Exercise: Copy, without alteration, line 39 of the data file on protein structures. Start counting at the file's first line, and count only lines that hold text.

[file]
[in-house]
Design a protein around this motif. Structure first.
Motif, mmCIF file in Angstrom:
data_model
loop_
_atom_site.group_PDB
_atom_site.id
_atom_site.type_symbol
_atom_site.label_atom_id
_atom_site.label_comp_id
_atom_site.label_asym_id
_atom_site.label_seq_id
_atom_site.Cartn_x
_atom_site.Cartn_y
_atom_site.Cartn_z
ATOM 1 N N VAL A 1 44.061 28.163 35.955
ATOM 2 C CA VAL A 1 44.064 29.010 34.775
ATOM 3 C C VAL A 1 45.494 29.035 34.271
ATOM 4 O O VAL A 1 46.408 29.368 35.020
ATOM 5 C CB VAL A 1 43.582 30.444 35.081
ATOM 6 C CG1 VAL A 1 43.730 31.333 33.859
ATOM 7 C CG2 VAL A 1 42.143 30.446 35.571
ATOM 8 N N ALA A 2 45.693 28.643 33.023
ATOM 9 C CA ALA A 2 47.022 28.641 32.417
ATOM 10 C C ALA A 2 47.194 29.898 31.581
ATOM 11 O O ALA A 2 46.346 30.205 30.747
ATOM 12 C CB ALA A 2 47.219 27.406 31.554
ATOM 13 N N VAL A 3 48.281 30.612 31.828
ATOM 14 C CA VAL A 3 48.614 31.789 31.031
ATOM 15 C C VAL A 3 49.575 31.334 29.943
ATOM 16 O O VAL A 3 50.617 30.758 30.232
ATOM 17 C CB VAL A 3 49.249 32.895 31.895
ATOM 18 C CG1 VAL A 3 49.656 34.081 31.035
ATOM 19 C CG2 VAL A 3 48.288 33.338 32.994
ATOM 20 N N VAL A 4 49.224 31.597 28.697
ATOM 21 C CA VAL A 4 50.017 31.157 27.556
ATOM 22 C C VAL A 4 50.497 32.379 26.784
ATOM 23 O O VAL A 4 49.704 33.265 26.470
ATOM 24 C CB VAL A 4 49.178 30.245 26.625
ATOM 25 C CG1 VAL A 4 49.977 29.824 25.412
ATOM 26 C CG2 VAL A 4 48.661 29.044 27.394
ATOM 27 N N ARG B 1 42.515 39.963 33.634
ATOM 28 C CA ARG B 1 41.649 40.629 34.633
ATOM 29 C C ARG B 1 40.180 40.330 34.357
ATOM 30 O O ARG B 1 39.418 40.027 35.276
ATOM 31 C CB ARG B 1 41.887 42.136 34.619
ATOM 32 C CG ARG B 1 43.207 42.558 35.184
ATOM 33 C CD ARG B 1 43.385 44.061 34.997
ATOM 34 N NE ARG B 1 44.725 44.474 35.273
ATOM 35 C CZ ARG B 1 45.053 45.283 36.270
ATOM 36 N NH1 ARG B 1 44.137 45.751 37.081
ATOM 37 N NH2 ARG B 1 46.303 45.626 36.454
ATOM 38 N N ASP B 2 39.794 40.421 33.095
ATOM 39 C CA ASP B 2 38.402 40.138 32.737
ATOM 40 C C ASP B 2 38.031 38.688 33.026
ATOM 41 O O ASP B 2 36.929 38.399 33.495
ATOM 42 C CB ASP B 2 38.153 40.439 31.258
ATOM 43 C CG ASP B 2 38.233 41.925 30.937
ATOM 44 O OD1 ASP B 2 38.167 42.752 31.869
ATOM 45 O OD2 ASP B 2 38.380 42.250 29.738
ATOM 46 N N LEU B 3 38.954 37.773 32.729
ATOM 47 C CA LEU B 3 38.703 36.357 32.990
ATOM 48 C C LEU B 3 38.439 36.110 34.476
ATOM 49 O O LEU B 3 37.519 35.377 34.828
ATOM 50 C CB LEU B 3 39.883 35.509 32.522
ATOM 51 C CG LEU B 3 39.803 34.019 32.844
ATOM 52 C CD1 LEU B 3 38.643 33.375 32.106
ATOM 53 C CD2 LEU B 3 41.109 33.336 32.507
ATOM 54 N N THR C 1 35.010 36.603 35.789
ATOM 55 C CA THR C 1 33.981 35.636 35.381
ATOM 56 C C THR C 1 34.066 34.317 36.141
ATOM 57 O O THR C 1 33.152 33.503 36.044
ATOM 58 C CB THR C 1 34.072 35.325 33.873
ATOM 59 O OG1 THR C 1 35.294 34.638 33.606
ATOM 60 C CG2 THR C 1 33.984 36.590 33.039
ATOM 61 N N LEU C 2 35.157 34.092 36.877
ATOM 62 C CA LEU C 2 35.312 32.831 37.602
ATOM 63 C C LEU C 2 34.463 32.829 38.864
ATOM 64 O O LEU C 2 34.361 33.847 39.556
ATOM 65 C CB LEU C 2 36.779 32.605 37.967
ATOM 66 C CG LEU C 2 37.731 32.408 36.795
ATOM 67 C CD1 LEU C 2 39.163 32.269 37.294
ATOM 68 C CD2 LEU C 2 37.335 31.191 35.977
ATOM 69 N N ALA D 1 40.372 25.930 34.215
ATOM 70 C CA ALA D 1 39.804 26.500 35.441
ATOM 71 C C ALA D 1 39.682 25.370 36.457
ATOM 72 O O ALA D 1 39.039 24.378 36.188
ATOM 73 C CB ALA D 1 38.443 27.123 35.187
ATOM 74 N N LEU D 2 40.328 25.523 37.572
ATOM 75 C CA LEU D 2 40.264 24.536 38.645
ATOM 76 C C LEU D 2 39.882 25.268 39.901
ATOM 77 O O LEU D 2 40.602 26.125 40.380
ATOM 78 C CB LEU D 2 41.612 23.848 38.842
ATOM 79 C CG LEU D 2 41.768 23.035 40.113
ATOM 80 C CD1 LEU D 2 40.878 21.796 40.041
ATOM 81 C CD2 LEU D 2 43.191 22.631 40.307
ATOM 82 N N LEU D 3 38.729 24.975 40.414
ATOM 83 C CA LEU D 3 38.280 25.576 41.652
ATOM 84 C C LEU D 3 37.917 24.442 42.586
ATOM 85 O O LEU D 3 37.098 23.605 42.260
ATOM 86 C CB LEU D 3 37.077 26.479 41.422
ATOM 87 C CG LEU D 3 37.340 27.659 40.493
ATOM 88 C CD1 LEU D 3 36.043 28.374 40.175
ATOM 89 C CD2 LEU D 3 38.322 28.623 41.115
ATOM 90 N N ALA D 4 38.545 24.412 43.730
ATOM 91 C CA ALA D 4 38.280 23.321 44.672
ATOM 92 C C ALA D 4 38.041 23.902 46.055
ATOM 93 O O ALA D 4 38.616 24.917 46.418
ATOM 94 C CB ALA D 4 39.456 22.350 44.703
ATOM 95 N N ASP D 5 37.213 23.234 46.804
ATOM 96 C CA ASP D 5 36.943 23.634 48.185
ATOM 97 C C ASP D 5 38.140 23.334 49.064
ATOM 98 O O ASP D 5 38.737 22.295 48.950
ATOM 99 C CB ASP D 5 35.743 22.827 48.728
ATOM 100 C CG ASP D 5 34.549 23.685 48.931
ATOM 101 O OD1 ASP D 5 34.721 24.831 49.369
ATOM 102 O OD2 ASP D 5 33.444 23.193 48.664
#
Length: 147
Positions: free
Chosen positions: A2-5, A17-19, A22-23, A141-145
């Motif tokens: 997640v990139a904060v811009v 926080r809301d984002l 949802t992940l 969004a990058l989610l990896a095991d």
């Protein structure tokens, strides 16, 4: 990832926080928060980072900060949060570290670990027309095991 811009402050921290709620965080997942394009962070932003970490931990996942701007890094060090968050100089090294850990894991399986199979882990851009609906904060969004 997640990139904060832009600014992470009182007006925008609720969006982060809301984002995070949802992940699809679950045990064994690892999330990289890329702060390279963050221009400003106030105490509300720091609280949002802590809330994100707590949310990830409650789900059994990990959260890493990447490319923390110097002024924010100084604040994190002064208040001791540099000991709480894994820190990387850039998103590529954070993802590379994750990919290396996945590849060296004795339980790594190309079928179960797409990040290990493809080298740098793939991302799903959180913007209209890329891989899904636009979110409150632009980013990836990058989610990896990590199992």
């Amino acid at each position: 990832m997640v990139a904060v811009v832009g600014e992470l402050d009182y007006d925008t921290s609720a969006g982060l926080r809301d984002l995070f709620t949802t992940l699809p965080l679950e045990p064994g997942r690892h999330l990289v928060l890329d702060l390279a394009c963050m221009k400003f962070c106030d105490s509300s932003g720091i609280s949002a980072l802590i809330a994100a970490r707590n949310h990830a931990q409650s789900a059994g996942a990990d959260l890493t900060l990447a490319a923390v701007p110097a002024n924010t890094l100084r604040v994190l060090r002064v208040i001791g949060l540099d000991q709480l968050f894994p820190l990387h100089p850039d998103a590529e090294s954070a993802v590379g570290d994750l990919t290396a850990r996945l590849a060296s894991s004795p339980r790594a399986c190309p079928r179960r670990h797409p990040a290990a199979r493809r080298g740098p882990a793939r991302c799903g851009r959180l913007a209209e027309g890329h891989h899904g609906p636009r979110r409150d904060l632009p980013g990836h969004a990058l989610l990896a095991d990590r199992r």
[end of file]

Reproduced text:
ATOM 24 C CB VAL A 4 49.178 30.245 26.625